We promote and encourage the study of science and engineering using our electronic heritage to educate and inspire students and the general public. The Museum collects, preserves, exhibits, and makes available for research various artifacts, documents, and publications related to development of defense and other key electronics systems and the commercial products derived from them. We provide visitors with an appreciation of the evolutionary milestones in electronics that led to the sophisticated products in use today, and honor the achievements of the pioneers who made these advancements possible.
The National Electronics Museum grew out of a Westinghouse Family Day in 1973. Robert Dwight, an employee of the Westinghouse Defense and Electronics Systems Center in Baltimore, Maryland and a key planner of Family Day, saw the event as an opportunity to display employee products that their families had previously not had the opportunity to see. Titled "Yesterday, Today and Tomorrow", three airborne radars, the AERO-13/AN/APQ-50, the AN/APQ-120 and the WX-200 respectively, were set out as examples of each era. Throughout the day, Mr. Dwight made the same observation: employees and their families were excited and proud to see the finished products of their work.
This excitement was shared by Mr. Dwight. He decided to actively pursue more radars and other electronic equipment to display to fellow colleagues. Enlisting the help of Jack Sun, a Westinghouse employee, formerly with the United States Air Force, Mr. Dwight wanted to acquire the radar from a BOMARC missile from the Department of Defense (DOD). This missile carried the AN/DPN-53, the first airborne pulse-doppler radar. The two men quickly ran into a dead end. According to the DOD, they could not obtain the BOMARC radar unless they were a legally qualified non-profit museum.
Both Mr. Dwight and Mr. Sun approached senior Westinghouse lawyer Butch Gregory for advice and aid in drawing up the papers necessary to create a legitimate museum. It was a long period before it was realized. Finally, in 1980 the National Electronics Museum was incorporated in the State of Maryland as a non-profit museum.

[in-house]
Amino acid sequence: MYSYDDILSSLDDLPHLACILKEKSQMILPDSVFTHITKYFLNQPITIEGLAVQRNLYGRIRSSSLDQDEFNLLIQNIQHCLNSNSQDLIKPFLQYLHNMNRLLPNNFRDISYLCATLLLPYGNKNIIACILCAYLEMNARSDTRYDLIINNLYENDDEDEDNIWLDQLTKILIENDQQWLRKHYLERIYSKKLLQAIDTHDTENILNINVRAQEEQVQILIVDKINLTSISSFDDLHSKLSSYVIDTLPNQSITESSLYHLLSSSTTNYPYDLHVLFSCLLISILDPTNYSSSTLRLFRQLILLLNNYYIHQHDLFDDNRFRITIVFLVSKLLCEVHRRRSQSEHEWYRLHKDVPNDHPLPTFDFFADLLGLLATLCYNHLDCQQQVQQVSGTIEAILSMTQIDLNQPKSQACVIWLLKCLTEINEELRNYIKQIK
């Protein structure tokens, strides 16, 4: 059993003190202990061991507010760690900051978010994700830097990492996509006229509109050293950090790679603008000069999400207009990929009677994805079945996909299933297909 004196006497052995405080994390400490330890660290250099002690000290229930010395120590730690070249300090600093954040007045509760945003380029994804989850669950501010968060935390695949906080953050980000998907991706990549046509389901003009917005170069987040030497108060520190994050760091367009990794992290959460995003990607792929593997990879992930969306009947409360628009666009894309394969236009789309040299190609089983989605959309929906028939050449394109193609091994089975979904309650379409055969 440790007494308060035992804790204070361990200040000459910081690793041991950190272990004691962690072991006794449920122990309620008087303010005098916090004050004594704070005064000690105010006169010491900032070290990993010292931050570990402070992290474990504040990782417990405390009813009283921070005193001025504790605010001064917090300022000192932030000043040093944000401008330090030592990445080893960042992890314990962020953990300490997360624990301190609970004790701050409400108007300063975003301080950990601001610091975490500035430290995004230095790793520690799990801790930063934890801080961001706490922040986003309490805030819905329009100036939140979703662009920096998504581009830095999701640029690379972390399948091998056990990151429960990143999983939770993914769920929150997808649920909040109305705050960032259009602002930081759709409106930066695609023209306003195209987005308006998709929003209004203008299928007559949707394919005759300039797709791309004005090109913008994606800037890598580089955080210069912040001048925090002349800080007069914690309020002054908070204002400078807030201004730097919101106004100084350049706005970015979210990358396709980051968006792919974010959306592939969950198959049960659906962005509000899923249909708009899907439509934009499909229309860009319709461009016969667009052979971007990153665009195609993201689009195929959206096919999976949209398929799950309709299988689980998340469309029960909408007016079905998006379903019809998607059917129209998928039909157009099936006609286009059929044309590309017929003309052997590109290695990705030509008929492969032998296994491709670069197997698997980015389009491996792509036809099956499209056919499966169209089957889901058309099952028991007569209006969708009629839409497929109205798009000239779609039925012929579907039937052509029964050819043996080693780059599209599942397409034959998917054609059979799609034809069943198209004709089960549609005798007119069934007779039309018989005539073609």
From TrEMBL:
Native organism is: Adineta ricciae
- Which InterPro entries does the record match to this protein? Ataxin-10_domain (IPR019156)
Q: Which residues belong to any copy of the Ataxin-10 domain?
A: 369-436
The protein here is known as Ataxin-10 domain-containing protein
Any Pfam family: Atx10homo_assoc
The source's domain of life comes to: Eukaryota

Westinghouse provided much needed support in the form of financial aid and storage facilities. In 1983, a 2,000 square foot space was dedicated to the museum at Airport Square III, near the present location. In 1986, this space was expanded to approximately 4,000 square feet. Previously operated with a volunteer staff, the museum hired its first professional staff member in 1989. In 1992 the museum relocated to its current location at Friendship Square.
Corporate support was continued by the Northrop Grumman - Electronic Systems after it purchased Westinghouse Defense and Electronics Systems Center in 1996. Plans for expanding within the current location were developed in 1998 and in 1999 the museum was closed for months while under construction. In September 1999, the doors were opened again to reveal a doubling in size to 22,000 square feet of indoor space, including a new events and meeting space, a new exhibition gallery, a climate controlled storage area, an exhibition laboratory, a conference room and a half an acre of outdoor exhibit space.
The museum continues to grow. In 2017 the newest permanent exhibit “Satellites Transforming Our Lives” opened after nearly a decade of development. Our temporary gallery offers exhibits that change twice yearly. Educational programming is increasing with new partnerships and significant attendance numbers. Our established events such as Pioneer Camp, Electronica Fest, and Techno Swap Fest are offered on a yearly basis. The museum is engaging more student outside the museum with yearly attendance at STEM events throughout the region. The volunteer corps consists of over 50 people who regularly donate more than 5,000 hours a year.
As the founders envisioned it, the museum is a place for visitors to be exposed to technological achievements and advances. It also allows those people who have been involved with the objects to look back and share their accomplishments. The National Electronics Museum has evolved into an institution that not only appeals to engineers, but to students and the non-technical public as well. We offer people the opportunity to see and experience the "Yesterday, Today and Tomorrow" of the defense electronics industry.